The voices of Tax Policy Center's researchers and staff
Here we go again. I posted yesterday on a new TPC analysis of the tax cuts in President Obama’s proposed 2010 budget. The conclusion: Nearly everyone, even most of the very wealthy, would enjoy a big tax break. This, I suggested, was not smart, given the nation’s huge deficit and Obama’s ambitious priorities.
Not surprisingly, a commenter—AMTbuff—called me to task. While many of these revenue provisions represent tax cuts relative to current law, they are not when compared to current policy—that is, assuming all the 2001 and 2003 tax cuts are made permanent, the AMT is patched into the future, etc. According to AMTbuff, “using current law as the baseline is misleading [since] neither the public nor any experts expect all tax rates to spring back to pre-2001 levels.”
It didn’t take long for TPC’s Len Burman to weigh in. “The presumption,” he wrote, “really should be that all of the tax cuts expire.” We’ve been having this debate since Obama adopted a Bush-extended baseline during his presidential campaign—a choice that, among other things, made his proposed tax cuts look less costly than if compared to current law.
My take is somewhat different from both Len’s and AMTbuff’s. Buff sets up a straw man by arguing that no one thought “all” the tax cuts would return to pre-2001 levels. Of course not. But, neither did anyone expect “all” the Bush tax cuts would be extended indefinitely.
For instance, not a single financial advisor or Hill staffer I talked to ever thought the estate tax would actually be repealed in 2010. Hardly anyone imagined that Bush’s cuts in the top tax rates would survive his administration for long, especially once the red ink started flowing copiously in defiance of the usual, and always wrong, supply-side claims that tax cuts reduce deficits.
On the other hand, lots of folks figured other Bush tax cuts would have a much longer shelf life. It was a good bet, for instance, that Congress would keep extending the AMT patch.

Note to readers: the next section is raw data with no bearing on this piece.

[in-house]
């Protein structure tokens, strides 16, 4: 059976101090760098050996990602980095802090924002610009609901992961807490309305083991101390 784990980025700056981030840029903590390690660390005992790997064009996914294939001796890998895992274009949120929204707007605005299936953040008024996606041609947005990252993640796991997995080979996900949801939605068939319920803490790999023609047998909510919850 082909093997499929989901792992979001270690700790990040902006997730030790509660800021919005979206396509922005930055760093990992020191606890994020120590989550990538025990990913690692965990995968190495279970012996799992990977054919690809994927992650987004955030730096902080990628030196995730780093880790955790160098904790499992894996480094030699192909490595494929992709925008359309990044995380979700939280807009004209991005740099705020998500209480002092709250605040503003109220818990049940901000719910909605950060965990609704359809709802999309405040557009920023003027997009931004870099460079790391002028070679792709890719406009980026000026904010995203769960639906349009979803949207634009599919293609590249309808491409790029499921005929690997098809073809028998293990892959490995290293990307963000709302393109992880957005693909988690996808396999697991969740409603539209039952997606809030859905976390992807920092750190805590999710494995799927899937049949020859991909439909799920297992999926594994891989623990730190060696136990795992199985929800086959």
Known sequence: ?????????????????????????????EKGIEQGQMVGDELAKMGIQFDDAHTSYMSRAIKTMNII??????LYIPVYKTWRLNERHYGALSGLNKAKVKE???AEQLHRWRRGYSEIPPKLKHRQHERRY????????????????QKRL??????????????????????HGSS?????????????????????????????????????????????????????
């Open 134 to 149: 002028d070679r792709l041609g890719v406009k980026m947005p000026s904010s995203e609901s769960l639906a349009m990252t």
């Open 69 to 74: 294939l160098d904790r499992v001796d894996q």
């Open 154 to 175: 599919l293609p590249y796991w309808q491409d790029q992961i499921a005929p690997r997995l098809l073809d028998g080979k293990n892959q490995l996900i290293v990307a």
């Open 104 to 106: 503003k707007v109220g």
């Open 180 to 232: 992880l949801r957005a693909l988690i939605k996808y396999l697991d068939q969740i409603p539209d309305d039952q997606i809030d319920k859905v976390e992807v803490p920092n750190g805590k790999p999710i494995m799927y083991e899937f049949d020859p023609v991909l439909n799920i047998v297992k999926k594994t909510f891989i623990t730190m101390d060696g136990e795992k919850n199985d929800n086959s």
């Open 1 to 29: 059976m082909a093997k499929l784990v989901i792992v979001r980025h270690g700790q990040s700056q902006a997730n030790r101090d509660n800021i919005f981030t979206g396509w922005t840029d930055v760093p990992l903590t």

Thus we are left in an analytical never-land. One could try to construct an alternative baseline based on a best guess about legislators’ intent nine years ago and an assumption of taxpayers’ beliefs today (and, btw, I’m not sure I buy the assertion that people believe today’s tax regime is cast in stone. I’ve never seen any evidence). But that exercise would only generate more arguments about assumptions and leave us with a Babel of competing "realistic" baselines.
All very interesting you say, but is the Obama plan a big tax cut or not? To answer, you need to use some baseline. And to my mind, the best of two poor choices is the law, flawed and unrealistic as it may be. Whenever possible, I use another, more straightforward, measure: How much revenue would government collect as a share of GDP and how much is it planning to spend. The President’s own budget answers that question: In 2010, he’d spend 8.5 percent of GDP more than he’d raise. The gap narrows once the economy improves, but even in 2019, it is still nearly 3.5 percent of GDP. Whatever baseline one chooses, that’s not a good thing.
Posts and Comments are solely the opinion of the author and not that of the Tax Policy Center, Urban Institute, or Brookings Institution.